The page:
There has been little evaluation of the economic impact of new drugs as they diffuse into the marketplace. And while studies of the efficacy and safety of new molecules are commonplace, few studies examine and attempt to quantify the economic implications of new drugs in terms of the realized level of patient welfare. Absent a measurement framework that can provide insight into the patient benefits arising from new product introduction, regulation of the pharmaceutical industry-as well as of healthcare in general-turns on an incomplete vision of the costs and benefits of that regulation.
The research team for this project has summarized and reviewed critically the theoretical, institutional, and empirical issues involved in the calculation of patient welfare benefits from pharmaceutical innovation. The goal has been to provide a model that frames how to approach several of these challenges in an empirical setting.
Recent findings. The researchers began with a baseline discrete choice model of pharmaceutical choice, grafting on to it several of the institutional features of pharmaceutical decisionmaking. In particular, they built a multi-stage economic model of the prescription process, focusing on the specific authority and financial responsibilities undertaken by physician, patient, and insurer.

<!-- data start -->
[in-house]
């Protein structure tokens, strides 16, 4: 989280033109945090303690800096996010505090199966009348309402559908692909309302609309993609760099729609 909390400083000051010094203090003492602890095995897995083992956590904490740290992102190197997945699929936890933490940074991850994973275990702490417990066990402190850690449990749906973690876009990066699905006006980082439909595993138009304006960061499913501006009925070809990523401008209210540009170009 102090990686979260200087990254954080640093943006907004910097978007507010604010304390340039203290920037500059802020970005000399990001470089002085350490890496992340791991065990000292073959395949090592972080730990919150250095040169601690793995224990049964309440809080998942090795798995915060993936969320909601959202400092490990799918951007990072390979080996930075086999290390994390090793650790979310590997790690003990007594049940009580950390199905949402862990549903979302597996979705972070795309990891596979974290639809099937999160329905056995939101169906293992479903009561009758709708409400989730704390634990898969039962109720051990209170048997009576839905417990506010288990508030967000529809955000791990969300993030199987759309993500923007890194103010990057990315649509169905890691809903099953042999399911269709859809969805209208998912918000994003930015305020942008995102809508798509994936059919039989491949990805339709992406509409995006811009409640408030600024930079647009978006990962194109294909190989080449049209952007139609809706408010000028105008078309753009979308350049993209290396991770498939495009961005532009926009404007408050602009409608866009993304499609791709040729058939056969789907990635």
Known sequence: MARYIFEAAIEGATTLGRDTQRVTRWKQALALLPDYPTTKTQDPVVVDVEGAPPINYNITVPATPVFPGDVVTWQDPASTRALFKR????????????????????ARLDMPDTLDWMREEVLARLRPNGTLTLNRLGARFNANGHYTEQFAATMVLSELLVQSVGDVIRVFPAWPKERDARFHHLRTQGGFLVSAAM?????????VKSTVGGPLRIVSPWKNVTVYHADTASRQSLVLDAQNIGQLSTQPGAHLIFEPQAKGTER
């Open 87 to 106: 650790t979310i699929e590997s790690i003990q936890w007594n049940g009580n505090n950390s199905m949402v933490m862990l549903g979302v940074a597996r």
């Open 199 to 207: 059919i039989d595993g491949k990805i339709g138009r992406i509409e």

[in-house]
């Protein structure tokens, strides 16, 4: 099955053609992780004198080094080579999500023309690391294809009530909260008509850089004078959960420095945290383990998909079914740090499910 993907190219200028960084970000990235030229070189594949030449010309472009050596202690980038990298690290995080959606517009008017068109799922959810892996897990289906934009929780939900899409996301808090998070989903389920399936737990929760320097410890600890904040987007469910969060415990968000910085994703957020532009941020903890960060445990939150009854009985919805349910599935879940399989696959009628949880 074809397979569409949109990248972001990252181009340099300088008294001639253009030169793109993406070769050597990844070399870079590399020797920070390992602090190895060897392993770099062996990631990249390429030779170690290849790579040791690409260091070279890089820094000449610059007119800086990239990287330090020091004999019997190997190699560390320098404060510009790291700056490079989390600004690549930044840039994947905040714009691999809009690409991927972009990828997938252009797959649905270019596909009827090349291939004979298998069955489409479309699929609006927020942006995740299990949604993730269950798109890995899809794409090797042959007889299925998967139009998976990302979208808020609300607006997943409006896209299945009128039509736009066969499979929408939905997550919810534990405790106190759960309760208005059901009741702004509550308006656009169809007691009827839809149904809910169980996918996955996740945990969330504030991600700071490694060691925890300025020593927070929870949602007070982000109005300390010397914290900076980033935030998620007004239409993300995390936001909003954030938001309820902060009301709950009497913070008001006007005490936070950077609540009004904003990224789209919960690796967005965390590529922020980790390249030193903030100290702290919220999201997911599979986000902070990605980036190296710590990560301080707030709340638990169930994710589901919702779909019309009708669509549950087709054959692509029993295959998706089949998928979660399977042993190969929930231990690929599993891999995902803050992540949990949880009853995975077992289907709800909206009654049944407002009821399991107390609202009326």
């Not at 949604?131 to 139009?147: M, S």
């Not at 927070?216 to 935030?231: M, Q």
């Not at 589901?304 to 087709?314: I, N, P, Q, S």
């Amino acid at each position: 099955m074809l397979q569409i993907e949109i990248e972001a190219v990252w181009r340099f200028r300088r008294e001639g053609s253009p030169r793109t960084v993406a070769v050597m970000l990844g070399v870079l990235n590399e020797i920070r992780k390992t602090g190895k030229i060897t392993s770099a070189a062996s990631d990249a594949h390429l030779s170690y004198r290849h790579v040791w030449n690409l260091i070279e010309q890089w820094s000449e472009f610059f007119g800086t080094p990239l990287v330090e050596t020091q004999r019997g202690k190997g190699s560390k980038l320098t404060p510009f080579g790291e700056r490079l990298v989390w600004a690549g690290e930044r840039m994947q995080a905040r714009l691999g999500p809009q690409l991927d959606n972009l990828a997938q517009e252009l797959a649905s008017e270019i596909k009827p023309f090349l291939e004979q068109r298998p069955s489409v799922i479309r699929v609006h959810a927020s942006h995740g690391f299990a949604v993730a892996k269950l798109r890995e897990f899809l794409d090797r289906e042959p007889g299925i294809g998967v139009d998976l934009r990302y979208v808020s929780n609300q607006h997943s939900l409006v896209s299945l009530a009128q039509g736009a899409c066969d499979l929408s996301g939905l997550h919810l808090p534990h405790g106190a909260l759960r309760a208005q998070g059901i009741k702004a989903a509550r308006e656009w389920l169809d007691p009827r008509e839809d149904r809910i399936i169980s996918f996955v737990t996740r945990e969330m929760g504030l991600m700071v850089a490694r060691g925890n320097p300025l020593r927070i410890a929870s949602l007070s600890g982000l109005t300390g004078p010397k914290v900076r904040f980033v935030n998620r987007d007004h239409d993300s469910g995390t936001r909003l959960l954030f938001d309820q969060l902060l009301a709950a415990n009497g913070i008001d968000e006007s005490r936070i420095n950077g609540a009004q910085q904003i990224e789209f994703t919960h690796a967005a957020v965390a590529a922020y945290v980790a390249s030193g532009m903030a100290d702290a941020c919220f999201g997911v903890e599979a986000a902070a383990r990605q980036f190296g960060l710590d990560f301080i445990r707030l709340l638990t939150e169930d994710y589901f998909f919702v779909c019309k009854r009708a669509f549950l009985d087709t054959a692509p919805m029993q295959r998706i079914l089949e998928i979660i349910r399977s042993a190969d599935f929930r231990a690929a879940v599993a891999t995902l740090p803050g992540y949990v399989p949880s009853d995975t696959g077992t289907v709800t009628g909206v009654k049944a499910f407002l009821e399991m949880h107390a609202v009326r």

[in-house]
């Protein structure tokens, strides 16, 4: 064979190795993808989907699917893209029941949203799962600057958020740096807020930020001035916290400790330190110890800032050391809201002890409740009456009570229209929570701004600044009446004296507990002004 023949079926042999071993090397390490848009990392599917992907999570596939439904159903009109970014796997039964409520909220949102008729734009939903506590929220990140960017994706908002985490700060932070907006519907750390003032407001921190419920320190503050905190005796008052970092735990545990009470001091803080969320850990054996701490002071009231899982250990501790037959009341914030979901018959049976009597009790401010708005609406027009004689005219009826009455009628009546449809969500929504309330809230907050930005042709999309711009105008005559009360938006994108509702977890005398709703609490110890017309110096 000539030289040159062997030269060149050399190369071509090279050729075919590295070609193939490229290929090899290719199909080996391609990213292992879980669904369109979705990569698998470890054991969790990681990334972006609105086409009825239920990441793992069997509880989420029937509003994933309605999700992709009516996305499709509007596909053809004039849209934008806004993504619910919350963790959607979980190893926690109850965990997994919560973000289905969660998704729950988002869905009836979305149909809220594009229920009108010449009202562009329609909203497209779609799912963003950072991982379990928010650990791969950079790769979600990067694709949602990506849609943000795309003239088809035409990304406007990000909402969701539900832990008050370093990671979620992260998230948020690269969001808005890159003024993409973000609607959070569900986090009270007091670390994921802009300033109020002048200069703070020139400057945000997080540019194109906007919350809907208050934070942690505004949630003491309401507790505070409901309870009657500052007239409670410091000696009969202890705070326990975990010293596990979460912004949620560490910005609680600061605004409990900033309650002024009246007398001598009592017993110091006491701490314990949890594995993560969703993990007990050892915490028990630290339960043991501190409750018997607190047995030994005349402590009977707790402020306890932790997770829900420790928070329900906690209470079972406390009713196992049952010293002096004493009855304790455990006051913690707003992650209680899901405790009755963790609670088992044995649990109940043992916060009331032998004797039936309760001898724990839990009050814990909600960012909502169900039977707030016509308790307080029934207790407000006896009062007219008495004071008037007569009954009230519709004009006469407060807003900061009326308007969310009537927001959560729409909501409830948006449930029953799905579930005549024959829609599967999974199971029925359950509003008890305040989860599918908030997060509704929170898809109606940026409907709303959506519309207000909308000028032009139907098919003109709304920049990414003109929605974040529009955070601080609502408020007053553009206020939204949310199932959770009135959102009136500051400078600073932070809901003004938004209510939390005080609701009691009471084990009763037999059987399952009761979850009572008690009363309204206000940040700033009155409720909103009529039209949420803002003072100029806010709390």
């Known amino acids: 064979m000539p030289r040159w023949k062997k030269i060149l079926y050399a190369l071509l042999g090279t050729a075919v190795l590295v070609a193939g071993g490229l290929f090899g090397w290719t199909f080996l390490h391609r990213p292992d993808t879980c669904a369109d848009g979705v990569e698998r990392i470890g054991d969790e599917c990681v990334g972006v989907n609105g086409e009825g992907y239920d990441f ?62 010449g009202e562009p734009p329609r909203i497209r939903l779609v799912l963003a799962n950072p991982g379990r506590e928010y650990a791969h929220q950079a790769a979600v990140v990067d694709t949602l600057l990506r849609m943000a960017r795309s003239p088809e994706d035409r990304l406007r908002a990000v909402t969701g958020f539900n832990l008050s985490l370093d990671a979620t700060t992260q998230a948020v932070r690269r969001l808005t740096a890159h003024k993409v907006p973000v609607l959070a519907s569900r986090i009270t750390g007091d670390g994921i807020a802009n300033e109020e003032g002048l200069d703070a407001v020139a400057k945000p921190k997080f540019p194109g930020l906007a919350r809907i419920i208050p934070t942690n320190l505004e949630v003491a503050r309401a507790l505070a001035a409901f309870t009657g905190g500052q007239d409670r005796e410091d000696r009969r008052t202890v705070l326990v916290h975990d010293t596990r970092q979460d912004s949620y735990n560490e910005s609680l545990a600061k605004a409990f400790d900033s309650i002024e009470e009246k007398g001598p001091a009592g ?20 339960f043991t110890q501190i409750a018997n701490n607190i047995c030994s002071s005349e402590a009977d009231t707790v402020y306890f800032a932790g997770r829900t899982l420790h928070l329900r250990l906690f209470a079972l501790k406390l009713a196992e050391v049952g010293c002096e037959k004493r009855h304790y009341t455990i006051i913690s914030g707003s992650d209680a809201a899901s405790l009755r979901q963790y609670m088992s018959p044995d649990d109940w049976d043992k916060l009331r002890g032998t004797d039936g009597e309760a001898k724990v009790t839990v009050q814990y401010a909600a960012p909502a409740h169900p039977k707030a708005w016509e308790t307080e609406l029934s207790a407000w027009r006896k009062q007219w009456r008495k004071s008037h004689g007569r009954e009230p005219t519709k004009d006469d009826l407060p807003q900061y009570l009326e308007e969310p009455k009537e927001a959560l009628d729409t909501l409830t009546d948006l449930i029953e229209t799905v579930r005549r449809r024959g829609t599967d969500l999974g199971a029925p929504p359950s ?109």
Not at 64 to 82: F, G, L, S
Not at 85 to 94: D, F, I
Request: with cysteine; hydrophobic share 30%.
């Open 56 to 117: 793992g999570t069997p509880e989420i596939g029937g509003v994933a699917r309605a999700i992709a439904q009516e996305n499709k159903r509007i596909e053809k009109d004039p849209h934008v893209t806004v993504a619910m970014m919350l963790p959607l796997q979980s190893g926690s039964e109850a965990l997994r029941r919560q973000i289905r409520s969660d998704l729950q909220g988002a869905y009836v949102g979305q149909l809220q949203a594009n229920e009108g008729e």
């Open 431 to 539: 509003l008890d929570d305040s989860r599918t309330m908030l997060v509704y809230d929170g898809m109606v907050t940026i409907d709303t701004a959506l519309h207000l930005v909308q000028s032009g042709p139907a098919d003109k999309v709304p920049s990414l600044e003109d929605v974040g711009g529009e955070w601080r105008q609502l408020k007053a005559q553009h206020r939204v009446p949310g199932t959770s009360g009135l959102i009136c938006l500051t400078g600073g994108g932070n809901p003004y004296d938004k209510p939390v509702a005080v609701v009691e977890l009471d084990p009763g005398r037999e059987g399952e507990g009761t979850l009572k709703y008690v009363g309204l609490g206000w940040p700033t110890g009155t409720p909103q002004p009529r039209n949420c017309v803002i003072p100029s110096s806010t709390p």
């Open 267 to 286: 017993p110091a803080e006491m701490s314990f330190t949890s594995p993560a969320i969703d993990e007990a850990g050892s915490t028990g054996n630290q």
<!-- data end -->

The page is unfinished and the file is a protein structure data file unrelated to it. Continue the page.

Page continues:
Future work. The next step will be to "filter out" from the model extraneous factors associated with agency problems and institutional distortions, and recover the true parameters of the utility function of patients (including their price sensitivity, if possible). This requires specifying the type of data that may help identify those parameters. Preliminary work has begun, with promising results.
Ernst Berndt (economics)
Iain Cockburn (economics)
Zvi Griliches (economics)
Past POPI research assessed the feasibility of incorporating quality changes into price indexes, focusing on anti-hypertensive drugs to determine whether a reasonable basis for drug pricing could be established that relate the price of a drug to its quality attributes. Prices of patent-protected products are difficult to model, since prices usually bear little relationship to their incremental or short-run costs of production.
Building on earlier findings, the team has extended this research methodologically, as well as to an entire different class of drugs, namely, the anti-depressants.